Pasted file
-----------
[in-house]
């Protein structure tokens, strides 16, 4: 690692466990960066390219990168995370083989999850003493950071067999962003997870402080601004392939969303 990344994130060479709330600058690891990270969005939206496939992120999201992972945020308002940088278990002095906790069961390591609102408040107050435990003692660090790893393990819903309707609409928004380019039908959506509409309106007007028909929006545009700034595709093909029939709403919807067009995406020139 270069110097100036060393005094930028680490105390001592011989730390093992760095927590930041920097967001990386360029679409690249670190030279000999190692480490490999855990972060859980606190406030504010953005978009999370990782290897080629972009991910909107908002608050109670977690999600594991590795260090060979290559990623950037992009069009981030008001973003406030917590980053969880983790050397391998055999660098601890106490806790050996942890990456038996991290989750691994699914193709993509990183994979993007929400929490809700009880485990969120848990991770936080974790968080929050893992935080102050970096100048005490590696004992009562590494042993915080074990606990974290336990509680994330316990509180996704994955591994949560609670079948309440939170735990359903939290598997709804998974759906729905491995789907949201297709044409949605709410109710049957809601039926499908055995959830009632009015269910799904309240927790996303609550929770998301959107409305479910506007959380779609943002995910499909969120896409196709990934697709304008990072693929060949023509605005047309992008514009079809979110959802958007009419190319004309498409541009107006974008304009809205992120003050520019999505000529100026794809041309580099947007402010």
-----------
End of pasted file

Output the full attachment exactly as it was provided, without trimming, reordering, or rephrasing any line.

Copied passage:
[in-house]
């Protein structure tokens, strides 16, 4: 690692466990960066390219990168995370083989999850003493950071067999962003997870402080601004392939969303 990344994130060479709330600058690891990270969005939206496939992120999201992972945020308002940088278990002095906790069961390591609102408040107050435990003692660090790893393990819903309707609409928004380019039908959506509409309106007007028909929006545009700034595709093909029939709403919807067009995406020139 270069110097100036060393005094930028680490105390001592011989730390093992760095927590930041920097967001990386360029679409690249670190030279000999190692480490490999855990972060859980606190406030504010953005978009999370990782290897080629972009991910909107908002608050109670977690999600594991590795260090060979290559990623950037992009069009981030008001973003406030917590980053969880983790050397391998055999660098601890106490806790050996942890990456038996991290989750691994699914193709993509990183994979993007929400929490809700009880485990969120848990991770936080974790968080929050893992935080102050970096100048005490590696004992009562590494042993915080074990606990974290336990509680994330316990509180996704994955591994949560609670079948309440939170735990359903939290598997709804998974759906729905491995789907949201297709044409949605709410109710049957809601039926499908055995959830009632009015269910799904309240927790996303609550929770998301959107409305479910506007959380779609943002995910499909969120896409196709990934697709304008990072693929060949023509605005047309992008514009079809979110959802958007009419190319004309498409541009107006974008304009809205992120003050520019999505000529100026794809041309580099947007402010």